The IAEA confirms that Iran has begun to enrich uranium in the Fordow plant

Central nuclear de Bushehr, en Irán

Bushehr nuclear power plant in Iran – REUTERS / STRINGER. – Archive

VIENNA, Nov. 11 (Reuters / EP) –

The International Atomic Energy Agency (IAEA) has confirmed on Monday that Iran has started enriching uranium at the Fordow plant, less than a week after Tehran announced the resumption of its activities at the facilities.

The IAEA confirms that Iran has begun to enrich uranium in the Fordow plant
The IAEA confirms that Iran has begun to enrich uranium in the Fordow plant

In its quarterly report, the agency has stressed that enriched uranium reserves and the purity to which the refining is carried out are above the terms set in the agreement signed in 2015.

He also added that the Iranian authorities are carrying out these enrichment tasks with more advanced centrifuges, in addition to their work in Fordow, something that was also prohibited by the pact.

The Iranian authorities confirmed on Thursday the restart of their uranium enrichment work in Fordow after injecting gas into the centrifuges, after “the preparations have been completed successfully.”

Hours later, the spokesman of the Organization for Atomic Energy of Iran (OEAI), Behruz Kamalvandi, said that once they complete their work in Fordow, the level of uranium enrichment will reach what the country had before the signing of the agreement nuclear.

The 2015 nuclear agreement prohibits the use of nuclear material in Fordow and, with the injection of uranium gas into its centrifuges, the plant has abandoned its status as a research center to become an active nuclear facility.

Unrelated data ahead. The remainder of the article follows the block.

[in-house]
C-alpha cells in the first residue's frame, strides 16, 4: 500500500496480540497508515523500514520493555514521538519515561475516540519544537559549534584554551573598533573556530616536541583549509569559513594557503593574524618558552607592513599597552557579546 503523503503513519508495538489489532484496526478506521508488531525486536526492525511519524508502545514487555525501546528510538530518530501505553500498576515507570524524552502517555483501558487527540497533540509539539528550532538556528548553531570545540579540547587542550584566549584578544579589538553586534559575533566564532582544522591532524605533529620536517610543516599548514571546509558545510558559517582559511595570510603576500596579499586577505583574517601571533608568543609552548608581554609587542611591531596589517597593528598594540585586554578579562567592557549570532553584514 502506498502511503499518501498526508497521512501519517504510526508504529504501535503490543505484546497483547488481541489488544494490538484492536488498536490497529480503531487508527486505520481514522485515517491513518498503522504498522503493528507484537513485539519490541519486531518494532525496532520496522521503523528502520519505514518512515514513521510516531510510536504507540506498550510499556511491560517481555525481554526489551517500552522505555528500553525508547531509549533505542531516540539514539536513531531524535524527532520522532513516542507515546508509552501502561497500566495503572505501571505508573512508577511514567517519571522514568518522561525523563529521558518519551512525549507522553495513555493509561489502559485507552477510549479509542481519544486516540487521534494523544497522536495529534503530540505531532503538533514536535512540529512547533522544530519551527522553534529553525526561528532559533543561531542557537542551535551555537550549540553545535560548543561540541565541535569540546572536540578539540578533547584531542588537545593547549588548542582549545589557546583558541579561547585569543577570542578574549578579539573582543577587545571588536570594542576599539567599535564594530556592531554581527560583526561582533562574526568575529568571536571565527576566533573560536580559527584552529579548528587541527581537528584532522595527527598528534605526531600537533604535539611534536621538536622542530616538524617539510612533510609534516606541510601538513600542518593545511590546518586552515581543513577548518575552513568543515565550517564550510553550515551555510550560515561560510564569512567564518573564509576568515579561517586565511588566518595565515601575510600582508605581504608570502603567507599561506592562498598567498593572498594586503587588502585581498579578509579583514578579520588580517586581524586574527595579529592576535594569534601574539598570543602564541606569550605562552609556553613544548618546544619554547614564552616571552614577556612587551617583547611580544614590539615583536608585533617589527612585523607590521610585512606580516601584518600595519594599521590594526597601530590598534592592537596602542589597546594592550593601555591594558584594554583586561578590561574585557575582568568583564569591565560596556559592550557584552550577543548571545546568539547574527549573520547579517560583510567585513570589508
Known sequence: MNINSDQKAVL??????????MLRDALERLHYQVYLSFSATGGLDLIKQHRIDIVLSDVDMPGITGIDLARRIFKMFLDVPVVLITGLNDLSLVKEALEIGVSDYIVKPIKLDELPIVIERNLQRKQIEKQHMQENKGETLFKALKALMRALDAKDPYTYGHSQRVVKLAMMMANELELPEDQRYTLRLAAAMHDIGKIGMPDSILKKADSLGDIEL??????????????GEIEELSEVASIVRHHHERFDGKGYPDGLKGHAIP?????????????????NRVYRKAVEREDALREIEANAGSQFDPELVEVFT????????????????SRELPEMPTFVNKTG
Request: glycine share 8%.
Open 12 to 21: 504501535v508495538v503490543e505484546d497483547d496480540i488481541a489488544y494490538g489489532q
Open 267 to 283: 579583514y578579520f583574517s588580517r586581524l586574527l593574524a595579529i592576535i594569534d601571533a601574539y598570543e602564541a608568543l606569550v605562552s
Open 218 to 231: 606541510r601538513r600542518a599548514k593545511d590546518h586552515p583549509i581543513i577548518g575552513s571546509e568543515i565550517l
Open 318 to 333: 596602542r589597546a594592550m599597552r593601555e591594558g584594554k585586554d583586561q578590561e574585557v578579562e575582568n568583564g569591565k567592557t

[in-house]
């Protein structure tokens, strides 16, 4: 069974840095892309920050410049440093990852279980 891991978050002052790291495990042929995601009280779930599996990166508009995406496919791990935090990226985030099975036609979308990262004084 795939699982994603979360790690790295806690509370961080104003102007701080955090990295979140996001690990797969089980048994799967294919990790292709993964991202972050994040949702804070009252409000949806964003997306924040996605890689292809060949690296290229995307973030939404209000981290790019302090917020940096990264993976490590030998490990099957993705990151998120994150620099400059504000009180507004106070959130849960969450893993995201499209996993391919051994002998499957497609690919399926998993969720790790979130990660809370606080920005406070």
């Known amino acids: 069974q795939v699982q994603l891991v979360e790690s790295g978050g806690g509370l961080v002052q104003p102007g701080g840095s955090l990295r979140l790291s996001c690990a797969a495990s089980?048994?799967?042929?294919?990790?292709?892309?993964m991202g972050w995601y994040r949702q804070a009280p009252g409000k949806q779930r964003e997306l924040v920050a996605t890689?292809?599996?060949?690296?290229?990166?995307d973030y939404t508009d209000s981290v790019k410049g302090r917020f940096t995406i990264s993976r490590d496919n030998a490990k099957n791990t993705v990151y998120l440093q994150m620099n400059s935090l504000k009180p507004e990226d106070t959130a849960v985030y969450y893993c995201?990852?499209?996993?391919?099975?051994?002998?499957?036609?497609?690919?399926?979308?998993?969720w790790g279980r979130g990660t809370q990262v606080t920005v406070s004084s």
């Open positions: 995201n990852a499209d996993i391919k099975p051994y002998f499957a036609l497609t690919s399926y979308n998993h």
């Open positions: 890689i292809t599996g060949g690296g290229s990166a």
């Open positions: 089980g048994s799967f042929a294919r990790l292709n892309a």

The Islamic Republic agreed in 2015 to convert Fordow into a “nuclear, physical and technology center” in which 1,044 centrifuges would be used for purposes other than enrichment, such as the stable production of isotopes, which have a wide variety of civil uses.

In 2018, the president of the United States, Donald Trump, decided that his country would abandon the nuclear agreement signed in July 2015 and reactivated the sanctions against Tehran, especially against the oil sector.

After the United States left, the Islamic Republic called on the rest of the signatory countries to focus their efforts on ensuring compliance with the pact in relation to trade relations with Iran and subsequently announced that it would abandon the nuclear commitments envisaged in the pact when considering that the other parties did not cover the absence of the United States.

The nuclear agreement established that the level of purity to which Iran could enrich uranium would be a maximum of 3.67 percent, a percentage suitable for the production of energy for civil uses and far from the 90 percent needed to manufacture nuclear weapons. Iran denies that it is developing nuclear weapons.

The nuclear agreement, which involves the withdrawal of sanctions against Iran, was designed to increase the period of time that the Islamic Republic would need to accumulate enough fissile material to manufacture a nuclear bomb, going from two to three months to about a year for restrictions to its atomic program.

Iran, which continues to deny that it will manufacture nuclear bombs, has given another two months to the United Kingdom, France and Germany to maintain the agreement. Tehran has said it is open to dialogue if Washington withdraws all sanctions and re-enters the pact.

In this regard, he has insisted at all times that these breaches are contemplated by the 2015 agreement in case some of the parties cease to maintain their commitments and stressed that they are “reversible” if there is a response to their demands.

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